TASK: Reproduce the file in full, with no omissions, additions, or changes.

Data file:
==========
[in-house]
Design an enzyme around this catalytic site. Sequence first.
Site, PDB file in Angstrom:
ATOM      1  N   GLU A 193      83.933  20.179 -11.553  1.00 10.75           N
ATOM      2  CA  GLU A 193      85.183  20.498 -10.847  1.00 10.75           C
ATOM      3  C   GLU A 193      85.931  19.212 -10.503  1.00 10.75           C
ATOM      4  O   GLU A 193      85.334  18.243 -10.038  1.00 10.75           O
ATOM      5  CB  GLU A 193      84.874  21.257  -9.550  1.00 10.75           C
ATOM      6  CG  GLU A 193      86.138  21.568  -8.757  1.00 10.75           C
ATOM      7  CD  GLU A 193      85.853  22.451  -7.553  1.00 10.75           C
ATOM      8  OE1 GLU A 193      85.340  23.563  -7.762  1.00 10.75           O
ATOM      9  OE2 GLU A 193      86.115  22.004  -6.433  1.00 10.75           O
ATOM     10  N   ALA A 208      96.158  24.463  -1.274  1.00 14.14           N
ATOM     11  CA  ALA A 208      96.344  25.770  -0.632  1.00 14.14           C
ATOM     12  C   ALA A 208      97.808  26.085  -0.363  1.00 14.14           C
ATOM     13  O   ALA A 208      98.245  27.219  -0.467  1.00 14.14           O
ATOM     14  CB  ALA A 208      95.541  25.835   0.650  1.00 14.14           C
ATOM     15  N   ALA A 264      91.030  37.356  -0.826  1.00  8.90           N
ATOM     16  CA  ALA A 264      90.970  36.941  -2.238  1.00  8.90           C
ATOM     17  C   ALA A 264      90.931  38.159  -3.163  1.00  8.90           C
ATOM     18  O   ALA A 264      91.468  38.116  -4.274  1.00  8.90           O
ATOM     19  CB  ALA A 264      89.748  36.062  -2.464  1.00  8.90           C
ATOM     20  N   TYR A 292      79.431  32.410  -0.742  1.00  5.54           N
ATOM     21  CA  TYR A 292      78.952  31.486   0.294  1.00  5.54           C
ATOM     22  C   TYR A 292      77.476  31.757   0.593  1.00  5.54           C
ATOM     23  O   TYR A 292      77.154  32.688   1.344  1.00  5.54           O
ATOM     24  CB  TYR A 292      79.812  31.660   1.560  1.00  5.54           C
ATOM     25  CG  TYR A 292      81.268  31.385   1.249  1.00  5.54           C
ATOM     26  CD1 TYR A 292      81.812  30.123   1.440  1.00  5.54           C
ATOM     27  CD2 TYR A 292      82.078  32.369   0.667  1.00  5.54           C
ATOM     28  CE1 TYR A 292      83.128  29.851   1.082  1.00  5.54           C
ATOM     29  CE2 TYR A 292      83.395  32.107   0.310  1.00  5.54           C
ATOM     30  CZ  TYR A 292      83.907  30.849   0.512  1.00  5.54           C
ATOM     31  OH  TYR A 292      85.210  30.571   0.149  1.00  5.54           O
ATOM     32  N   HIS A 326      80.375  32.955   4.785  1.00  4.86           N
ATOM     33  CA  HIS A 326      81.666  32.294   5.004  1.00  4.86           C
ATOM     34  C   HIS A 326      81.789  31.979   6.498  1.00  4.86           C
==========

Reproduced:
[in-house]
Design an enzyme around this catalytic site. Sequence first.
Site, PDB file in Angstrom:
ATOM      1  N   GLU A 193      83.933  20.179 -11.553  1.00 10.75           N
ATOM      2  CA  GLU A 193      85.183  20.498 -10.847  1.00 10.75           C
ATOM      3  C   GLU A 193      85.931  19.212 -10.503  1.00 10.75           C
ATOM      4  O   GLU A 193      85.334  18.243 -10.038  1.00 10.75           O
ATOM      5  CB  GLU A 193      84.874  21.257  -9.550  1.00 10.75           C
ATOM      6  CG  GLU A 193      86.138  21.568  -8.757  1.00 10.75           C
ATOM      7  CD  GLU A 193      85.853  22.451  -7.553  1.00 10.75           C
ATOM      8  OE1 GLU A 193      85.340  23.563  -7.762  1.00 10.75           O
ATOM      9  OE2 GLU A 193      86.115  22.004  -6.433  1.00 10.75           O
ATOM     10  N   ALA A 208      96.158  24.463  -1.274  1.00 14.14           N
ATOM     11  CA  ALA A 208      96.344  25.770  -0.632  1.00 14.14           C
ATOM     12  C   ALA A 208      97.808  26.085  -0.363  1.00 14.14           C
ATOM     13  O   ALA A 208      98.245  27.219  -0.467  1.00 14.14           O
ATOM     14  CB  ALA A 208      95.541  25.835   0.650  1.00 14.14           C
ATOM     15  N   ALA A 264      91.030  37.356  -0.826  1.00  8.90           N
ATOM     16  CA  ALA A 264      90.970  36.941  -2.238  1.00  8.90           C
ATOM     17  C   ALA A 264      90.931  38.159  -3.163  1.00  8.90           C
ATOM     18  O   ALA A 264      91.468  38.116  -4.274  1.00  8.90           O
ATOM     19  CB  ALA A 264      89.748  36.062  -2.464  1.00  8.90           C
ATOM     20  N   TYR A 292      79.431  32.410  -0.742  1.00  5.54           N
ATOM     21  CA  TYR A 292      78.952  31.486   0.294  1.00  5.54           C
ATOM     22  C   TYR A 292      77.476  31.757   0.593  1.00  5.54           C
ATOM     23  O   TYR A 292      77.154  32.688   1.344  1.00  5.54           O
ATOM     24  CB  TYR A 292      79.812  31.660   1.560  1.00  5.54           C
ATOM     25  CG  TYR A 292      81.268  31.385   1.249  1.00  5.54           C
ATOM     26  CD1 TYR A 292      81.812  30.123   1.440  1.00  5.54           C
ATOM     27  CD2 TYR A 292      82.078  32.369   0.667  1.00  5.54           C
ATOM     28  CE1 TYR A 292      83.128  29.851   1.082  1.00  5.54           C
ATOM     29  CE2 TYR A 292      83.395  32.107   0.310  1.00  5.54           C
ATOM     30  CZ  TYR A 292      83.907  30.849   0.512  1.00  5.54           C
ATOM     31  OH  TYR A 292      85.210  30.571   0.149  1.00  5.54           O
ATOM     32  N   HIS A 326      80.375  32.955   4.785  1.00  4.86           N
ATOM     33  CA  HIS A 326      81.666  32.294   5.004  1.00  4.86           C
ATOM     34  C   HIS A 326      81.789  31.979   6.498  1.00  4.86           C